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Now, Judge has two new ideas for movies that he has been developing on the side. “Both of them I can’t talk about yet, but they’re based on true stories and books,” he said. “It’s a little different for me. There are comedies out there about them.” He added that while “Office Space,” “Idiocracy,” and his third feature “Extract” were all produced years apart, his experiences directing his first live-action series with “Silicon Valley” has changed his feelings about the challenges of making movies. “I realized by doing ‘Silicon Valley’ that I’ve actually gotten better at directing, and making live-action stuff is not as daunting as I used to think it was. I mean, you can do a movie in the time it takes to do three or four ‘Silicon Valley’ episodes. So I would like to try doing that.”

In the meantime, he has appreciated the second wind that his earlier movies have found. After the election of Donald Trump, “Idiocracy’s” ideas about the decline of American intelligence resonated with an eerie degree of accuracy. “I was just looking at it as if my junior high ran the world,” he said. “I wasn’t trying to make right tor left. I feel like the bar for comedy drops way down when it becomes political. But then along comes a president who actually was involved in WWE, and it’s pretty crazy to see, pretty surreal. I’m afraid to look at it now.”

Judge continues to toy with the prospects of resurrecting some of his most beloved properties. “Everything I’ve done won’t go away,” he said with a smirk. This includes the possibility of new “King of the Hill” episodes, but he said that he would want to alter his working-class Texans if Fox agreed to produce more episodes. “It would have to be fresh and different,” he said, considering the lasting appeal of propane salesman Hank Hill. “It was a guy who was just in the middle, a populist just trying to get through all this stuff in the world,” he said. “I think it could be a good time for it to come back, but we’d have to have them age.”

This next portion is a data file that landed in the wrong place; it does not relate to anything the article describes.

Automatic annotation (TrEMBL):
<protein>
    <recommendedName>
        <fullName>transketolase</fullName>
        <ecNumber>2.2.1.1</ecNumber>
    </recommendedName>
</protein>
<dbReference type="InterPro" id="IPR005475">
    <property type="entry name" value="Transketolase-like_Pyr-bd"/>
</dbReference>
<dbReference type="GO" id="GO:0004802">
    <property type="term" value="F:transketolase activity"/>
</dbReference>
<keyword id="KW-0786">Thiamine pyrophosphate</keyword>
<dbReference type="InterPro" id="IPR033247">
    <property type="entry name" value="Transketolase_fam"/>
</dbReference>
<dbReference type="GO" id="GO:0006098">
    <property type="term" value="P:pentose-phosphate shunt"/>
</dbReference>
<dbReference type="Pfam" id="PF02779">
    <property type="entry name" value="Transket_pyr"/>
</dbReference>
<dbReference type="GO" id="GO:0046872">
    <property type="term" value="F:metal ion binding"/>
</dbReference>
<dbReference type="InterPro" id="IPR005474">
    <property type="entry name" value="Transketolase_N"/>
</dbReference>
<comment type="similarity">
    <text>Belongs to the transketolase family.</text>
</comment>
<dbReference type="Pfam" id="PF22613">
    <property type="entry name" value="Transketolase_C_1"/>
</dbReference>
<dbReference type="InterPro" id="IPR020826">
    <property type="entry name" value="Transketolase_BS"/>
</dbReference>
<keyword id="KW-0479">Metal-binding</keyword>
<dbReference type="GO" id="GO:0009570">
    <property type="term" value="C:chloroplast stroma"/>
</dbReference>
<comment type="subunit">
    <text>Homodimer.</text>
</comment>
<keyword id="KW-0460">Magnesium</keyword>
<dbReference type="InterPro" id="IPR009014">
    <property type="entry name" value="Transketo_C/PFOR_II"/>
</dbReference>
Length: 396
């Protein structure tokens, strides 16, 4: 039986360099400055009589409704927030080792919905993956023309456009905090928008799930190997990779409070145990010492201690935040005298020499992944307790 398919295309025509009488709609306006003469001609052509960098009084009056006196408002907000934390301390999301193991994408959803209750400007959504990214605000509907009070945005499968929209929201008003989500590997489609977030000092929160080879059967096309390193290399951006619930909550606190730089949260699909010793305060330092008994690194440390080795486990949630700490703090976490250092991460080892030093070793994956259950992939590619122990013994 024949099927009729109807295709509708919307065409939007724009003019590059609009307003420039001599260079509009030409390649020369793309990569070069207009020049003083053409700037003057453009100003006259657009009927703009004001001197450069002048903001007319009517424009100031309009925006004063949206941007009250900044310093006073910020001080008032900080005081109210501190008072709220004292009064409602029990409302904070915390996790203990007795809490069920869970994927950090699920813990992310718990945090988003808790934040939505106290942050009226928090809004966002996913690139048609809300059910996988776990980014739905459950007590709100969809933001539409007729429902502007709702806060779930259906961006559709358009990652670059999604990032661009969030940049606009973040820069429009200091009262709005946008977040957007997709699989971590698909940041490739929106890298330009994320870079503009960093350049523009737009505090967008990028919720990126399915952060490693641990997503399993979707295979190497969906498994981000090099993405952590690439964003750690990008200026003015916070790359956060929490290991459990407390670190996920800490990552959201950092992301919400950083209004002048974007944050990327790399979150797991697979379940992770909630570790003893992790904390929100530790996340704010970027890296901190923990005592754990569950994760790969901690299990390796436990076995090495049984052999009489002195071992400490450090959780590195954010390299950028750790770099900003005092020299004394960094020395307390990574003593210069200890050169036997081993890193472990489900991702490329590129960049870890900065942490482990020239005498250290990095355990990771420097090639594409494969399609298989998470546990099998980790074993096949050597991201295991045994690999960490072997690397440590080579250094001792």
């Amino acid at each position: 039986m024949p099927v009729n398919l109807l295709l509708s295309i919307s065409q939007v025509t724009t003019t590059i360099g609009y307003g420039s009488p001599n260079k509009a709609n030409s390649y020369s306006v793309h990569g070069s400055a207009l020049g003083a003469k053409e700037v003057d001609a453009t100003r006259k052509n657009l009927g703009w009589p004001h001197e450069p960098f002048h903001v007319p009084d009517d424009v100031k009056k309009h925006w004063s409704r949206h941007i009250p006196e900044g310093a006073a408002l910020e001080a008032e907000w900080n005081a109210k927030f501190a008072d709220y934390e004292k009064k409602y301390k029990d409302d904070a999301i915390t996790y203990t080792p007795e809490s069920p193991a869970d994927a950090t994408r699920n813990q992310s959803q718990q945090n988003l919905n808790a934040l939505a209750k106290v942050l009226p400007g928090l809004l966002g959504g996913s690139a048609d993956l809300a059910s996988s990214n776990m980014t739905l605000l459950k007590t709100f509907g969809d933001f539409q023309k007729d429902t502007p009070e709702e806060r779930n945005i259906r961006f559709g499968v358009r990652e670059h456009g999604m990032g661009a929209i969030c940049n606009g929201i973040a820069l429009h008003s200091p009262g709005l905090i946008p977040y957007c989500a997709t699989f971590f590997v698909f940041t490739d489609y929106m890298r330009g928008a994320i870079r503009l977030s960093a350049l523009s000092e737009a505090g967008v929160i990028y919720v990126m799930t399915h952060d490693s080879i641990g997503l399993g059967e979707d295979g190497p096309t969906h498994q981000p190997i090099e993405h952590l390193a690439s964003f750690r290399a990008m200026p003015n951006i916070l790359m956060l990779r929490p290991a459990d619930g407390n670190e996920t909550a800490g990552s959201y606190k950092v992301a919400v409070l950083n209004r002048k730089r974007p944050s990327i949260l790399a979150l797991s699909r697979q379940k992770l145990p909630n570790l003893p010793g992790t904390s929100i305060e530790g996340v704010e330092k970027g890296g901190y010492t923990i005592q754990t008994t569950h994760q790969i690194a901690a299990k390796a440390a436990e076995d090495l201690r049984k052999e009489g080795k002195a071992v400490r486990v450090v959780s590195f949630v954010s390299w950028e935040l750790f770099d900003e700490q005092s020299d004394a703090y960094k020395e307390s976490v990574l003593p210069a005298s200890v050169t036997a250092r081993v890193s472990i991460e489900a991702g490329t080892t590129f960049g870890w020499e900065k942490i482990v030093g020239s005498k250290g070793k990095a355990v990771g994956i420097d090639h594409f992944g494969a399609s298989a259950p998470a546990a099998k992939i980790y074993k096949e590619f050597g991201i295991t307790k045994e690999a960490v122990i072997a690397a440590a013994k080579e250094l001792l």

He felt some regret over the new episodes of “Beavis and Butthead” produced in 2011, when his most iconic creations remained obnoxious teenagers. “I think what I did in 2011 probably wasn’t the right idea, kind of pretending they didn’t age,” Judge said. “It became clear that it’s a very different world than it used to be.”

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Judge’s vision of anxious, hyperactive Americans permeates all of his work, and reflects his own experiences. He said that the depiction of the high-stakes business antics on “Silicon Valley” was inspired by his own rising stardom when “Beavis and Butthead” took off on MTV and Paramount merged with Viacom. “I had two billionaires fighting over it at one point, David Geffen and Sumner Redstone,” he said. “There are some similarities there, but that’s a story about somebody going their own way, which has much bigger ups and downs, whereas being an employee is a steady state of misery, depending on what your job is.”

That theme continues to permeate his storytelling. “I think no matter how the world evolves, people will find a way to annoy each other,” he said. “There will always be room for comedy about work.”

By Eric Kohn